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EPA Delays Implementation of Clean Water Rule

Environmental Protection Agency head Scott Pruitt announced Wednesday that the agency will delay the implementation of the Obama-era Clean Water Rule by two years.

The Clean Water Rule, which passed in 2015, was meant to give federal officials more authority over small waterways and wetlands to prevent pollution. President Donald Trump has made repealing the rule, along with dozens of other environmental regulations put in place by President Barack Obama, a top priority for his administration. Trump issued an executive order last year directing the EPA to repeal the rule, but even before that, legal challenges from business groups and Republicans kept the rule from being implemented.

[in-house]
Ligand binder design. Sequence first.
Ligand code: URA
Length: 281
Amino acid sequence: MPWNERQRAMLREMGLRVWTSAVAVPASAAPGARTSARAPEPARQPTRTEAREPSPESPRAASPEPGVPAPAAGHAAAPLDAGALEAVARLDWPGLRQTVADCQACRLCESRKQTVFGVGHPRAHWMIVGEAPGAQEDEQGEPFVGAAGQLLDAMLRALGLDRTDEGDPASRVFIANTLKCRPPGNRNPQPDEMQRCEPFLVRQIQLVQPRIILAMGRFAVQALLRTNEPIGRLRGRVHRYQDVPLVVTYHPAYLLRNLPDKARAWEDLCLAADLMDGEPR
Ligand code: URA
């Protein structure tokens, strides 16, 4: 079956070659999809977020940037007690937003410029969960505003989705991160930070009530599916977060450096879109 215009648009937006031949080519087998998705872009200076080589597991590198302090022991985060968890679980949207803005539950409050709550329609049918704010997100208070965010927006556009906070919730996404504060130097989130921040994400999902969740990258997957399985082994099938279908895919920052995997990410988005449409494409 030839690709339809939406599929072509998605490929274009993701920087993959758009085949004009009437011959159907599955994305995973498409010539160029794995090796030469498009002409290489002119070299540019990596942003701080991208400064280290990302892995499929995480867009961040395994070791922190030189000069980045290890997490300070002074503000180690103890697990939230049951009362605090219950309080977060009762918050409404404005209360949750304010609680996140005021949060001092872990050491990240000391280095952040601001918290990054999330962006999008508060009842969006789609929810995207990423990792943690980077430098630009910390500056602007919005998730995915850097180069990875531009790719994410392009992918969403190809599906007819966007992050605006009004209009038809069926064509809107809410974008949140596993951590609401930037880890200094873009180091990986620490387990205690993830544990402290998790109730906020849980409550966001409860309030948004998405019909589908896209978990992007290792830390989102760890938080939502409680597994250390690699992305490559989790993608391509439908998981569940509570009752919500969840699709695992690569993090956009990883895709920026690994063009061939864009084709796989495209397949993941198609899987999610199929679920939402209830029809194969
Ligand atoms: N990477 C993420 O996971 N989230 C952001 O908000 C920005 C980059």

In early January, however, the United States Supreme Court reversed a lower court's decision to halt the rule's implementation. Pruitt said on Wednesday that the EPA will use the next two years to develop a replacement for the Clean Water Rule.

"Today, EPA is taking action to reduce confusion and provide certainty to America's farmers and ranchers," Pruitt said in a statement. "The 2015 ... rule developed by the Obama administration will not be applicable for the next two years, while we work through the process of providing long-term regulatory certainty across all 50 states about what waters are subject to federal regulation."

But environmental groups have criticized the announcement as an attempt to further delay necessary protections for the U.S.'s waterways.